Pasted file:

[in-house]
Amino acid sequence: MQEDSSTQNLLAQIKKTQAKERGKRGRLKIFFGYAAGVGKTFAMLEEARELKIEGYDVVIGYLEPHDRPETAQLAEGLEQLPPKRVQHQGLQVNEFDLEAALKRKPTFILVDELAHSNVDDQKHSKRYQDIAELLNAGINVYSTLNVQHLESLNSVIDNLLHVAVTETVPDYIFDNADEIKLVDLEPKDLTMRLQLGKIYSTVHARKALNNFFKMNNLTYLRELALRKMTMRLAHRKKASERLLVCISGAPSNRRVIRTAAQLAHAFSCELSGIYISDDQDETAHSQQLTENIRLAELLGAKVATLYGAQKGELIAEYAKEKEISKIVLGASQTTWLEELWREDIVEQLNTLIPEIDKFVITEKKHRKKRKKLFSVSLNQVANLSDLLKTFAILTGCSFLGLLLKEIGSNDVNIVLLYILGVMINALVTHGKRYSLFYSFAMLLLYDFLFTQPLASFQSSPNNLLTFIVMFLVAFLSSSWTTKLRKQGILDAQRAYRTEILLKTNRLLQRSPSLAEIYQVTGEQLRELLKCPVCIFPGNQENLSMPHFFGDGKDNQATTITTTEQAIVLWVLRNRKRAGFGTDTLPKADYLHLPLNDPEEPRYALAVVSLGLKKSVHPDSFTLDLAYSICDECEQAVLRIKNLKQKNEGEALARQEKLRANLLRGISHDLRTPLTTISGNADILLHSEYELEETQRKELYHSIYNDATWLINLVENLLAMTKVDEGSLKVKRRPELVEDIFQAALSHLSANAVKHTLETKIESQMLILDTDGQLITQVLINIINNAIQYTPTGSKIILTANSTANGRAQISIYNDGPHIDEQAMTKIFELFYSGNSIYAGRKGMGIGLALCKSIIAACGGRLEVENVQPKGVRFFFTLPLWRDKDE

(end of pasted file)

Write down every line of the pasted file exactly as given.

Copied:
[in-house]
Amino acid sequence: MQEDSSTQNLLAQIKKTQAKERGKRGRLKIFFGYAAGVGKTFAMLEEARELKIEGYDVVIGYLEPHDRPETAQLAEGLEQLPPKRVQHQGLQVNEFDLEAALKRKPTFILVDELAHSNVDDQKHSKRYQDIAELLNAGINVYSTLNVQHLESLNSVIDNLLHVAVTETVPDYIFDNADEIKLVDLEPKDLTMRLQLGKIYSTVHARKALNNFFKMNNLTYLRELALRKMTMRLAHRKKASERLLVCISGAPSNRRVIRTAAQLAHAFSCELSGIYISDDQDETAHSQQLTENIRLAELLGAKVATLYGAQKGELIAEYAKEKEISKIVLGASQTTWLEELWREDIVEQLNTLIPEIDKFVITEKKHRKKRKKLFSVSLNQVANLSDLLKTFAILTGCSFLGLLLKEIGSNDVNIVLLYILGVMINALVTHGKRYSLFYSFAMLLLYDFLFTQPLASFQSSPNNLLTFIVMFLVAFLSSSWTTKLRKQGILDAQRAYRTEILLKTNRLLQRSPSLAEIYQVTGEQLRELLKCPVCIFPGNQENLSMPHFFGDGKDNQATTITTTEQAIVLWVLRNRKRAGFGTDTLPKADYLHLPLNDPEEPRYALAVVSLGLKKSVHPDSFTLDLAYSICDECEQAVLRIKNLKQKNEGEALARQEKLRANLLRGISHDLRTPLTTISGNADILLHSEYELEETQRKELYHSIYNDATWLINLVENLLAMTKVDEGSLKVKRRPELVEDIFQAALSHLSANAVKHTLETKIESQMLILDTDGQLITQVLINIINNAIQYTPTGSKIILTANSTANGRAQISIYNDGPHIDEQAMTKIFELFYSGNSIYAGRKGMGIGLALCKSIIAACGGRLEVENVQPKGVRFFFTLPLWRDKDE